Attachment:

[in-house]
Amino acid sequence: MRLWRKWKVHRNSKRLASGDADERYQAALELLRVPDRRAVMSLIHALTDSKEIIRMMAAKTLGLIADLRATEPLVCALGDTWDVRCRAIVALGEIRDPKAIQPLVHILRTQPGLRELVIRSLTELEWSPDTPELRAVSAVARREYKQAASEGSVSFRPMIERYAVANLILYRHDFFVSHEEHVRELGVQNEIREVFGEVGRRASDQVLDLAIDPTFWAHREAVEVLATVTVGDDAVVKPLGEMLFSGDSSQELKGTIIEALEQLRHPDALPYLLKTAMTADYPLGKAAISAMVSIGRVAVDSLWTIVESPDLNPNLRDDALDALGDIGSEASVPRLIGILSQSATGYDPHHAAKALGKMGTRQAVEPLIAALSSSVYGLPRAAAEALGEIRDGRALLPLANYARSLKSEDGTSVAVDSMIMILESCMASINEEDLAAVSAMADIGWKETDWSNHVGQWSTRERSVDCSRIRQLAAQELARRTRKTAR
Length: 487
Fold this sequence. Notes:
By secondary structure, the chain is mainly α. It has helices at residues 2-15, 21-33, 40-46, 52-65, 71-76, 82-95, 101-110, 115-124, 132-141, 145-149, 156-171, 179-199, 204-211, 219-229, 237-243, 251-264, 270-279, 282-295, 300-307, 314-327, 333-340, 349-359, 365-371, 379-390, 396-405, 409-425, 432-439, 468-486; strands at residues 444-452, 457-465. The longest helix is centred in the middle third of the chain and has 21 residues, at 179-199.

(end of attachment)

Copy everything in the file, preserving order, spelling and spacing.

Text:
[in-house]
Amino acid sequence: MRLWRKWKVHRNSKRLASGDADERYQAALELLRVPDRRAVMSLIHALTDSKEIIRMMAAKTLGLIADLRATEPLVCALGDTWDVRCRAIVALGEIRDPKAIQPLVHILRTQPGLRELVIRSLTELEWSPDTPELRAVSAVARREYKQAASEGSVSFRPMIERYAVANLILYRHDFFVSHEEHVRELGVQNEIREVFGEVGRRASDQVLDLAIDPTFWAHREAVEVLATVTVGDDAVVKPLGEMLFSGDSSQELKGTIIEALEQLRHPDALPYLLKTAMTADYPLGKAAISAMVSIGRVAVDSLWTIVESPDLNPNLRDDALDALGDIGSEASVPRLIGILSQSATGYDPHHAAKALGKMGTRQAVEPLIAALSSSVYGLPRAAAEALGEIRDGRALLPLANYARSLKSEDGTSVAVDSMIMILESCMASINEEDLAAVSAMADIGWKETDWSNHVGQWSTRERSVDCSRIRQLAAQELARRTRKTAR
Length: 487
Fold this sequence. Notes:
By secondary structure, the chain is mainly α. It has helices at residues 2-15, 21-33, 40-46, 52-65, 71-76, 82-95, 101-110, 115-124, 132-141, 145-149, 156-171, 179-199, 204-211, 219-229, 237-243, 251-264, 270-279, 282-295, 300-307, 314-327, 333-340, 349-359, 365-371, 379-390, 396-405, 409-425, 432-439, 468-486; strands at residues 444-452, 457-465. The longest helix is centred in the middle third of the chain and has 21 residues, at 179-199.